By Margaret Wertheim, the director of the Institute for Figuring, a science and mathematics education organization. She is writing a book on physics and the imagination (THE NEW YORK TIMES, 20/06/07):
ON Thursday, on the summer solstice, the Sun will celebrate the year’s lazy months by resting on the horizon. The word solstice derives from the Latin “sol” (sun) and “sistere” (to stand still). The day marks the sun’s highest point in the sky, the moment when our shadows shrink to their shortest length of the year. How strange to think that these mundane friends, our ever-present familiars, can actually go faster than the sun’s rays.
I remarked on this recently to my husband as we sat on the porch with our shadows pooling by our chairs. Nothing can go faster than light, he insisted, expressing what is surely the most widely known law of physics, ingrained into us by a thousand “Nova” programs.
That is the point, I explained: Nothing can go faster than light. A shadow isn’t a thing. It’s a non-thing. It’s the absence of light.
Special relativity dictates that we cannot move anything more quickly than the particles of light known as photons, but no law says you can’t do nothing faster than light. Physicists have known this for a long time, even if they generally do not mention it on PBS documentaries.
My husband looked troubled, as did my sister and some friends I regaled with the story that evening. Like the warp drive on “Star Trek,” faster-than-light travel is supposed to be a science-fiction fantasy. Isn’t it?
They are right about the travel: According to relativity, no physical substance can exceed the speed of light because it would take infinite energy to accelerate anything to such a velocity.
Yet the laws of physics pertain only to that which is. That which isn’t is not bound by relativity’s restraint. From the point of view of relativity, a shadow (having no mass) is a non-thing, an existential void.
It’s quite easy to conjure up a faster-than-light shadow, at least in theory. Build a great klieg light, a superstrong version of the ones set up at the Academy Awards. Now paste a piece of black paper onto the klieg’s glass so there is a shadow in the middle of the beam, like the signal used to summon Batman. And we are going to mount our light in space and broadcast the Bat-call to the cosmos.
The key to our trick is to rotate the klieg. As the light turns, the bat shadow sweeps across the sky. Round and round it goes, projecting into the void. Just as the rim of a bicycle wheel moves faster than its hub, so too, away from the source our bat shadow will fly faster and faster, a consequence of the geometry that guarantees the rim of a really big wheel moves faster than a co-rotating small wheel.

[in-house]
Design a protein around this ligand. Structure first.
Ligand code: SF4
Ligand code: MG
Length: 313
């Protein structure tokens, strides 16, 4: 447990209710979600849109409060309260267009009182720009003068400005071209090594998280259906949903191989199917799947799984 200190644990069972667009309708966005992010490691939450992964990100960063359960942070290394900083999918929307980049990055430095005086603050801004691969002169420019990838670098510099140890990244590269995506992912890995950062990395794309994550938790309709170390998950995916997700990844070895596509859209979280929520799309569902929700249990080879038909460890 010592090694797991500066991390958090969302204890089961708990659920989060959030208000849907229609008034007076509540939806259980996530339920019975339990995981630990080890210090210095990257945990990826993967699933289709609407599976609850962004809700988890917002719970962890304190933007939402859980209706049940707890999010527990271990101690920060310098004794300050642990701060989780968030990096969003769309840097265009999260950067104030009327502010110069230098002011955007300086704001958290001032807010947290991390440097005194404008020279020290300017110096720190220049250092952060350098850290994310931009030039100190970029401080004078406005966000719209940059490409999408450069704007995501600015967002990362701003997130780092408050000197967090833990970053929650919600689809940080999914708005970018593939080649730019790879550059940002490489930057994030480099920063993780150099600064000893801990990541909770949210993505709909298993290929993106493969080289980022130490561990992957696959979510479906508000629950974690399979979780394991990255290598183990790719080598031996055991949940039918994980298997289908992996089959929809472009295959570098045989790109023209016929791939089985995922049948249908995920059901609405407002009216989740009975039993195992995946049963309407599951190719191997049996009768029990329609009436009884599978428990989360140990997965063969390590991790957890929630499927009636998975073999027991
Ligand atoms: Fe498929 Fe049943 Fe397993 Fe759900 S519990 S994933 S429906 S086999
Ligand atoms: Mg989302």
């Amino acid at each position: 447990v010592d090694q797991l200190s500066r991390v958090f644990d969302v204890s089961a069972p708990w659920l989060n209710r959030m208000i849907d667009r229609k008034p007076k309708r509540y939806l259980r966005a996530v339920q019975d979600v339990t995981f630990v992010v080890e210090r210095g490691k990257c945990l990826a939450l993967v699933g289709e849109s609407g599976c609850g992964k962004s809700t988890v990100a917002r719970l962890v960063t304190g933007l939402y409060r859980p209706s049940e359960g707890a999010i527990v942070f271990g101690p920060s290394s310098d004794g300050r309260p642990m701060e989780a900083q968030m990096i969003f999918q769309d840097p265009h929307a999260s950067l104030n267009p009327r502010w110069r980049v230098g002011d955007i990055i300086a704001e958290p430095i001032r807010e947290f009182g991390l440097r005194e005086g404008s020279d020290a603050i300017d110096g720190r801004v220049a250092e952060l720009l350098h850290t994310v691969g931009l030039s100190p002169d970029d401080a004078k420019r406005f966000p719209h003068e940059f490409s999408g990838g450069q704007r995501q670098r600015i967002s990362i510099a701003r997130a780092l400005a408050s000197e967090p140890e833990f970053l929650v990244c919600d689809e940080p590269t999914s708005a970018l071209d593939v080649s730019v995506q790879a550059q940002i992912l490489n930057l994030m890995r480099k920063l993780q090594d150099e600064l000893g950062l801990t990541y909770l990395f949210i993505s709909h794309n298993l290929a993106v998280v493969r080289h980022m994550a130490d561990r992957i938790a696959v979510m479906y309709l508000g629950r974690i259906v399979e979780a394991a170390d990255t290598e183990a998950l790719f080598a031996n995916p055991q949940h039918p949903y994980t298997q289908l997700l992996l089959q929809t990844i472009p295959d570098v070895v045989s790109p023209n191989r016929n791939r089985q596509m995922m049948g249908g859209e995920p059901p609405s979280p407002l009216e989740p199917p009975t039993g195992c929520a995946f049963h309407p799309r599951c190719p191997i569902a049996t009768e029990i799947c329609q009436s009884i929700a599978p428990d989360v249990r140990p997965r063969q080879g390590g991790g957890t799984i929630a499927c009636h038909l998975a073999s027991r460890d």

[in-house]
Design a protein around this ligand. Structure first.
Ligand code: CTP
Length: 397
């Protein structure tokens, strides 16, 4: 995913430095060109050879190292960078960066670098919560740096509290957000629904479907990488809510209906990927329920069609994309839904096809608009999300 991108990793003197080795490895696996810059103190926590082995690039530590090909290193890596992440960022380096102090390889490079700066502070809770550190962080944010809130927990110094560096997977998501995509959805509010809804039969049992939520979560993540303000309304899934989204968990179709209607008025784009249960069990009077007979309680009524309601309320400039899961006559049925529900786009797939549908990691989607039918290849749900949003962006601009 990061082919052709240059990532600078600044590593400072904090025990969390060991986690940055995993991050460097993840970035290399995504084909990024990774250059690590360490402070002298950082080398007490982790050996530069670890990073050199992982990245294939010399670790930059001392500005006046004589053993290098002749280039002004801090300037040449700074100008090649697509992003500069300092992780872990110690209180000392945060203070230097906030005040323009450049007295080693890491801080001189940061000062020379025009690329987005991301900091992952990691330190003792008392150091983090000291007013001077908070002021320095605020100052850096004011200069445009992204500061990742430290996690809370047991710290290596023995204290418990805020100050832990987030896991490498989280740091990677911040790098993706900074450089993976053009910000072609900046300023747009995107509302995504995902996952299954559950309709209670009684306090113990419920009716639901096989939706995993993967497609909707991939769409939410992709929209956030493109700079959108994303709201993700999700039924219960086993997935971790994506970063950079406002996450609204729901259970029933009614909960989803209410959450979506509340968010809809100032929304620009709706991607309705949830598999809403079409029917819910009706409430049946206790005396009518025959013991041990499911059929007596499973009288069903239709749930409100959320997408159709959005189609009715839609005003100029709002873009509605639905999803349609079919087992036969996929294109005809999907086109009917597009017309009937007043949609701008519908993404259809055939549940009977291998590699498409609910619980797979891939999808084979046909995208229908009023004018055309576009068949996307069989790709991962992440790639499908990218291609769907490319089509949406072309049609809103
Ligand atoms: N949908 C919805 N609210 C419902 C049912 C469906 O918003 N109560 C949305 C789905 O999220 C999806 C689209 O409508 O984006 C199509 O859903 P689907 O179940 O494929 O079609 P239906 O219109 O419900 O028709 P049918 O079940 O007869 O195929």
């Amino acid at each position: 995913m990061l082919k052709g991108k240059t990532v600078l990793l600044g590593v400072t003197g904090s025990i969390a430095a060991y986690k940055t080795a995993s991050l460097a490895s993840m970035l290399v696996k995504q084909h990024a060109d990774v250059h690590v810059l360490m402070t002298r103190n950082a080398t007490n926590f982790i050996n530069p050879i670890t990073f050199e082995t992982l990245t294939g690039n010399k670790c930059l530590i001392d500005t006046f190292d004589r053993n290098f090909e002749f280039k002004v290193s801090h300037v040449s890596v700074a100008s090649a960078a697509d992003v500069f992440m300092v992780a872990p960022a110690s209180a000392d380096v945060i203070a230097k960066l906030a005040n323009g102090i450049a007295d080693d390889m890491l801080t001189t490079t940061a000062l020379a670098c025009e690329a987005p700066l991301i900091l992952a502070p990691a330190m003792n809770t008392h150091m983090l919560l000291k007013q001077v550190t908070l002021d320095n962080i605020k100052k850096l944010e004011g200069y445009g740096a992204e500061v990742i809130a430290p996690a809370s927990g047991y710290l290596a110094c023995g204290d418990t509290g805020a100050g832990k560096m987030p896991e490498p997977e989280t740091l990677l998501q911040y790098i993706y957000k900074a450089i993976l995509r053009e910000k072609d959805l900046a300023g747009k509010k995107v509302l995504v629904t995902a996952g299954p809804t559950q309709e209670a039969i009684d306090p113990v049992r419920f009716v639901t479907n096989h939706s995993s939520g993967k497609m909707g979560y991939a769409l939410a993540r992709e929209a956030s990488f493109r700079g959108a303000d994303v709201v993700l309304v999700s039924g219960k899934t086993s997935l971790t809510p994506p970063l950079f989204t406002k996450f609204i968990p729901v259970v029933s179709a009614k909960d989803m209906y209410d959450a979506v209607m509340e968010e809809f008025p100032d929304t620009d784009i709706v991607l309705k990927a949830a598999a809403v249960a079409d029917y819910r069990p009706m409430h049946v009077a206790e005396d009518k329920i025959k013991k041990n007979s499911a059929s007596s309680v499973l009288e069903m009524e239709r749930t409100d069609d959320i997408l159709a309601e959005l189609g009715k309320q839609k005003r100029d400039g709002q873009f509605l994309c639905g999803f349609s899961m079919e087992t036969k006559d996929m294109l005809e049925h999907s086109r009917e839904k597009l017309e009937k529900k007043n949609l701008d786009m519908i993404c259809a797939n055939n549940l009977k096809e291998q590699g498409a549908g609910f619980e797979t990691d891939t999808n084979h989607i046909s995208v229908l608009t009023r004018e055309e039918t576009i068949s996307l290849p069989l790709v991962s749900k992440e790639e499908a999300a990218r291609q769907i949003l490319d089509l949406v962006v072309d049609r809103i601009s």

At a great enough distance from the source, our shadow bat will go so fast it will exceed the speed of light. This does not violate relativity because a shadow carries no energy. Literally nothing is transferred. Our shadow bat can go 10 times the speed of light or 100 times faster without breaking any of physics’ sacred rules.
My sister leapt to the heart of this apparent paradox: Why isn’t the light itself traveling faster than the speed of light? Isn’t it also rotating in space? Actually, no. The bulbs that produce the light are spinning, but the light particles leave the source at 186,000 miles a second, the vaunted “speed of light.” Once emitted, the photons continue to travel at this speed directly away from the source. Only the shadow revolves around the great circle. The critical point is that no object, no substance, defies light.
My husband was right to object that you’d need one spectacular klieg to produce a detectable shadow thousands of miles out in space. Still, the theory is sound.
The anthropologist Mary Douglas noted that all systems of categorizing break down somewhere, unable to incorporate certain forms. By standing beyond relativity’s injunction, shadows suggest the limits of all classification schemes, a tension that even modern science cannot completely resolve.
In the terms recognized by relativity, shadows are non-things. Yet before the invention of clocks, shadows were the most important means for telling time. Weightless and without energy, shadows can nonetheless convey information — though they cannot, despite our giant klieg, be used for faster-than-light communication. That’s because the shadow’s location cannot be detected until the light, moving at its ponderous relativistic pace, arrives.
“Here there be monsters,” said the medieval maps, signaling the limits of reason’s reach. As a map of being, physics is flanked by the monsters of non-being whose outlines we glimpse in the paradoxes of quantum mechanics and in the zooming arc of a shadow bat going faster than light.
In Christian theology we are told, “God is that which nothing is greater than.” The scientific corollary might be, “Light is that which nothing is faster than” — a statement true both in spirit and fact.